[tdwg-content] If you need something for referring to a population, then it is probably best to do it as a related class

Matt Jones jones at nceas.ucsb.edu
Wed May 4 18:30:06 CEST 2011


Earlier in the thread you commented that reasoning about taxonomies wasn't
your main goal, but that others might be interested in that facet.  I wanted
to point out that Dave Thau, who was extensively involved in the development
of TCS in his role on the SEEK project, did a lot of work on reasoning over
biological taxonomies in his dissertation work.  He published a number of
very useful papers on these experiments in taxonomic reasoning, which are
available here: http://wwwcsif.cs.ucdavis.edu/~thau/ -- I find the
Ecological Informatics article one of the more approachable of the set, but
they all say a lot about the power and pitfalls of reasoning over

Nice work on DSW, and thanks for the effort you've been investing here.


On Wed, May 4, 2011 at 7:49 AM, Nico Franz <nico.franz at upr.edu> wrote:

>  Hello all: I have a few inserted comments, hopefully with some clarifying
> effect:
> On 5/4/2011 10:54 AM, Peter DeVries wrote:
> Hi Steve,
>  I may have overloaded the term specimen to make the explanation easier to
> follow.
>  A specimen could be an individual or it could be part of an individual.
>  To some extent you need to think about how these models will be used.
>  If you subscribe to the model that a species is whatever a taxonomists
> says it is then it is difficult to make statements like.
>  X% of the world's species will be extinct by 2050.
>  If you mean a species as defined by the concept documented at this URI
> which is supported by these specimens, images, and DNA then you are on
> firmer ground.
>  Species in the natural world do a pretty good job recognizing those
> individuals that are appropriate mates. In other words members of their own
> species.
>  Are we modeling species or variations in human conceptualizations of
> species?
>     Assuming that there was only one individual organism identified there
>> is really one one species (or hybrid).
>>  Aaaaaaaaaaaaaah!  Please Nico C., don't take this one up!
>  I stick with this. Assuming you don't have a hybrid individual. That
> individual is one species. The fact that human may disagree on what species
> it is a human issue.
>  Again, Are we modeling species or variations in human conceptualizations
> of species?
> NMF: I believe there is a history of biodiversity database engineering that
> actually led some people, initially in Australia (Greg Whitbread?) and
> Europe (Berendsohn's group) to place more emphasis on modeling human
> conceptualizations of taxa. I understand this happened in the late 80s /
> early 90s. The motivation was, apparently, that no long-term consensus
> seemed available to model a single and sufficiently widely accepted taxonomy
> of, say, Central European vascular plant species or mosses. I believe that
> projects such as the Euro + Med PlantBase (
> http://www.emplantbase.org/home.html) are examples of the persistence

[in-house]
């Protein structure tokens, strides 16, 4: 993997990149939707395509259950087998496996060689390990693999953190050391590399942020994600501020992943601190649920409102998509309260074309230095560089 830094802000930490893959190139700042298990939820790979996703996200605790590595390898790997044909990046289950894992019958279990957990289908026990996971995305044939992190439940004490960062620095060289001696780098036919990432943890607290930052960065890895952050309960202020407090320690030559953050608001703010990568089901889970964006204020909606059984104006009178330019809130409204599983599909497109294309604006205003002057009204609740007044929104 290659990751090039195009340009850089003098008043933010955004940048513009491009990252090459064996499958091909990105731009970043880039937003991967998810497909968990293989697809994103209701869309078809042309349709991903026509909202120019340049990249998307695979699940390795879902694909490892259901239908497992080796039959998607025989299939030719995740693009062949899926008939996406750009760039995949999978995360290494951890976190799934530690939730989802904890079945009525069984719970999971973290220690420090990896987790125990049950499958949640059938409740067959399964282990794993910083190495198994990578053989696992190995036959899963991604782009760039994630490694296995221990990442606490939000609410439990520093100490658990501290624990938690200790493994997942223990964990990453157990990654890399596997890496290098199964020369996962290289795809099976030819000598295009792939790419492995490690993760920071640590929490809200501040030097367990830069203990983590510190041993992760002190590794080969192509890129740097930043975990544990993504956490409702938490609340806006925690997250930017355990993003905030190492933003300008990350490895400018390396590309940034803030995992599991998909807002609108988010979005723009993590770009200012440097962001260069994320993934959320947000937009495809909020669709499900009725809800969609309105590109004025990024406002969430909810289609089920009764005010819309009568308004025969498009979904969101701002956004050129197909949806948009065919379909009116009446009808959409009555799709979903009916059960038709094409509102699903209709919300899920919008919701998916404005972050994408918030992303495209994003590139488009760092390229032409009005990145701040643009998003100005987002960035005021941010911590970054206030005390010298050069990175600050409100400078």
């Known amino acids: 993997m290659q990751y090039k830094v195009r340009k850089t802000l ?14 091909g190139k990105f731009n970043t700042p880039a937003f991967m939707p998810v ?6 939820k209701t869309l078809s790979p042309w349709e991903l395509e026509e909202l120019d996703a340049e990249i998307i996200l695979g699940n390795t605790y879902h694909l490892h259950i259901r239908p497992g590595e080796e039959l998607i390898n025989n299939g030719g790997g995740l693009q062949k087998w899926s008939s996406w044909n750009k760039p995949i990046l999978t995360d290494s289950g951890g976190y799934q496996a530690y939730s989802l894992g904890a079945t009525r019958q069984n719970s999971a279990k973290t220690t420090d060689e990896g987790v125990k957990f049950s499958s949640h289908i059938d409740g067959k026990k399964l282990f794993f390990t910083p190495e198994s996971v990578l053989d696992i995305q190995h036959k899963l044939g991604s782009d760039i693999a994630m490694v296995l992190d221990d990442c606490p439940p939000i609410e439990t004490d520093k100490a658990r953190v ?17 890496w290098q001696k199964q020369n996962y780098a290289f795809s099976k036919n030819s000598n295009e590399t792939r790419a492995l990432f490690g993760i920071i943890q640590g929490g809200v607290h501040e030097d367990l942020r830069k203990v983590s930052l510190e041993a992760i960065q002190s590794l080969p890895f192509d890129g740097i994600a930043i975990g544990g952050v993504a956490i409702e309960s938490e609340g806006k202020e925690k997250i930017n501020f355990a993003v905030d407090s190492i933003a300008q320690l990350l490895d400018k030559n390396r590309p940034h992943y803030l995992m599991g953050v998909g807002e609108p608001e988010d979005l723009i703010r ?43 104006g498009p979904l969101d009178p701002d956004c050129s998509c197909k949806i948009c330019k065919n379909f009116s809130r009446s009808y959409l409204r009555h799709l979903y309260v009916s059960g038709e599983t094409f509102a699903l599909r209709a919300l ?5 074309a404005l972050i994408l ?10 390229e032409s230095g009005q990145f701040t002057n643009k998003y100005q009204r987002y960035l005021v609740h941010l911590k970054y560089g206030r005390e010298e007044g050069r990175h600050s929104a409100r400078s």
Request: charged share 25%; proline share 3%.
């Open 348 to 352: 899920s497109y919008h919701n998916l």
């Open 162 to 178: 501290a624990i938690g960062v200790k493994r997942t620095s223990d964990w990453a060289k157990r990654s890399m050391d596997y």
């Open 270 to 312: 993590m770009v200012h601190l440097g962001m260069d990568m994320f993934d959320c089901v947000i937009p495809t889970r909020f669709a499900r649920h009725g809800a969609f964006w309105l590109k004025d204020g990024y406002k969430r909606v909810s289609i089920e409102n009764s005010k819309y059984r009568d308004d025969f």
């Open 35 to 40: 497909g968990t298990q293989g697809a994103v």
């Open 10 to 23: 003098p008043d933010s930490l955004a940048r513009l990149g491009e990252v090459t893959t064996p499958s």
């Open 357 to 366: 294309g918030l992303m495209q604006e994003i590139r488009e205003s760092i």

> (success?) of this 20+ year old practice. I think this is the kind of
> background that Steve is referring to.
>  Which of these is of primary importance to decision makers and
> non-taxonomist biologists?
>   Part of the problem with various publications relating to ontologies and
> taxonomy is that their species models entail a specific phylogenetic
> hypothesis.
>  In the real world taxa are not as clean as some would like to make them
> out to be.
>  Each individual is a unique combination of thousands of separate gene
> lineages which often do not follow clean monophyletic paths.
>  I would argue that most of those who work with species related data see
> them as useful typological constructs which in general follow the biological
> species model.
> NMF: The solution of how to properly model things such as species in RDF,
> OWL (etc.) should ideally accommodate all "species concepts" (BCS, ESC, PSC,
> GSC, there's dozens), i.e. it should be neutral towards this issue. The
> examples below are too simple, ignoring for example cases such as pro parte
> synonymy, or a concept ("species") that appears unique and monophyletic to
> one author but (vastly) polyphyletic to another. To do an accurate mapping
> in that latter case (which is not super-common but it's real), I think one
> would have to come down on saying we're modeling human conceptualizations.
> They are not just that, so really it's not a strict dichotomy, meaning that
> by modeling conceptualizations we do not have to say "the species only exist
> on our heads", or "well, then anything goes". I agree (sheepishly) that it
> does come down to what the input data look like, and what the expectations
> are towards just accommodating the user community versus pushing them in a
> particular direction.
> Some of this also on p. 47 of this PDF:
> https://journals.ku.edu/index.php/jbi/article/view/3927/3852
>  *Aedes triseriatus* owl:sameAs *Ochlerotatus triseriatus*
>  Others seem to see them as phylogenetic end nodes which entail a specific
> phylogenetic history.
>  *Aedes triseriatus* distinctFrom *Ochlerotatus triseriatus*
> *
> *
> If you are primarily interested in understanding issues of ecology,
> disease, diversity and conservation the former model is more appropriate
> than the later.
>  Respectfully,
>  - Pete
> Regards,
> Nico
> Nico M. Franz, Ph.D.
> Assistant Professor
> Director, UPRM Invertebrate Collection
> Department of Biology
> University of Puerto Rico
> Call Box 9000
> Mayagüez, PR 00681-9000
> Phone: (787) 832-4040, ext. 3005
> Fax: (787) 834-3673
> E-mail: nico.franz at upr.edu
> Laboratory website: http://academic.uprm.edu/~franz/
> UPRM-INVCOL: http://uprm-invcol-project.tumblr.com/
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